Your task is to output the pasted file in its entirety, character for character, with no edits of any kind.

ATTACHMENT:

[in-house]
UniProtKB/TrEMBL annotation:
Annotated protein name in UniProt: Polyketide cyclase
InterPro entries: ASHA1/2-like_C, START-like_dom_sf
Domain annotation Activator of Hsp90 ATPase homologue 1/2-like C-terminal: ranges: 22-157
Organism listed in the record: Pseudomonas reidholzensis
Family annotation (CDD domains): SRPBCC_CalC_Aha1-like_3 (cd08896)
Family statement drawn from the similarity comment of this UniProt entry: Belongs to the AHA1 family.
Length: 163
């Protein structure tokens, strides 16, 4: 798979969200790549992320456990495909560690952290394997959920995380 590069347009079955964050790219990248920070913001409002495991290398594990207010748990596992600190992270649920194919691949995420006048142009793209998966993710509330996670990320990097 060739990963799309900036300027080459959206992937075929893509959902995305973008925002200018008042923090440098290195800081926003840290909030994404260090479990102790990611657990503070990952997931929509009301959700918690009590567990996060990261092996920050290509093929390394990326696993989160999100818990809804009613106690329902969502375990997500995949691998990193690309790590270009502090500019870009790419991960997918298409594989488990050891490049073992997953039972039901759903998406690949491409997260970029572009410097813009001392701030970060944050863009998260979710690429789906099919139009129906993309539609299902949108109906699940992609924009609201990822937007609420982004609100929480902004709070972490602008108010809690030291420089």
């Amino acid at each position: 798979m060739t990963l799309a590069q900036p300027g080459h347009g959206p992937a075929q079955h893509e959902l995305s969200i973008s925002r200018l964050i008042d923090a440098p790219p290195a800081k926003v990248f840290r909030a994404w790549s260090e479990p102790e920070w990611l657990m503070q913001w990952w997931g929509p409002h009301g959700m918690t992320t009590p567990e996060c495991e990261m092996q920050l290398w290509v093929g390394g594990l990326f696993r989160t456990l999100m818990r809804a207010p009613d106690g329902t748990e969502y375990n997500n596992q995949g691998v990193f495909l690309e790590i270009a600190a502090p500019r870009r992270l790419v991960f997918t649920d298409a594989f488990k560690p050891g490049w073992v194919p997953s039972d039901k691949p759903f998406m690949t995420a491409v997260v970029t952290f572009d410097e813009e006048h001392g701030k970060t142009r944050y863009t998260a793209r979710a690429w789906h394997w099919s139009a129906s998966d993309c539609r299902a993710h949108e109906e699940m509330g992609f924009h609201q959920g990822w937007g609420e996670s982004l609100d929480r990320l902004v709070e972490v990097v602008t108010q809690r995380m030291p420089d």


[in-house]
UniProtKB/TrEMBL annotation:
Annotated protein name in UniProt: Polyketide cyclase
InterPro entries: ASHA1/2-like_C, START-like_dom_sf
Domain annotation Activator of Hsp90 ATPase homologue 1/2-like C-terminal: ranges: 22-157
Organism listed in the record: Pseudomonas reidholzensis
Family annotation (CDD domains): SRPBCC_CalC_Aha1-like_3 (cd08896)
Family statement drawn from the similarity comment of this UniProt entry: Belongs to the AHA1 family.
Length: 163
């Protein structure tokens, strides 16, 4: 798979969200790549992320456990495909560690952290394997959920995380 590069347009079955964050790219990248920070913001409002495991290398594990207010748990596992600190992270649920194919691949995420006048142009793209998966993710509330996670990320990097 060739990963799309900036300027080459959206992937075929893509959902995305973008925002200018008042923090440098290195800081926003840290909030994404260090479990102790990611657990503070990952997931929509009301959700918690009590567990996060990261092996920050290509093929390394990326696993989160999100818990809804009613106690329902969502375990997500995949691998990193690309790590270009502090500019870009790419991960997918298409594989488990050891490049073992997953039972039901759903998406690949491409997260970029572009410097813009001392701030970060944050863009998260979710690429789906099919139009129906993309539609299902949108109906699940992609924009609201990822937007609420982004609100929480902004709070972490602008108010809690030291420089």
């Amino acid at each position: 798979m060739t990963l799309a590069q900036p300027g080459h347009g959206p992937a075929q079955h893509e959902l995305s969200i973008s925002r200018l964050i008042d923090a440098p790219p290195a800081k926003v990248f840290r909030a994404w790549s260090e479990p102790e920070w990611l657990m503070q913001w990952w997931g929509p409002h009301g959700m918690t992320t009590p567990e996060c495991e990261m092996q920050l290398w290509v093929g390394g594990l990326f696993r989160t456990l999100m818990r809804a207010p009613d106690g329902t748990e969502y375990n997500n596992q995949g691998v990193f495909l690309e790590i270009a600190a502090p500019r870009r992270l790419v991960f997918t649920d298409a594989f488990k560690p050891g490049w073992v194919p997953s039972d039901k691949p759903f998406m690949t995420a491409v997260v970029t952290f572009d410097e813009e006048h001392g701030k970060t142009r944050y863009t998260a793209r979710a690429w789906h394997w099919s139009a129906s998966d993309c539609r299902a993710h949108e109906e699940m509330g992609f924009h609201q959920g990822w937007g609420e996670s982004l609100d929480r990320l902004v709070e972490v990097v602008t108010q809690r995380m030291p420089d």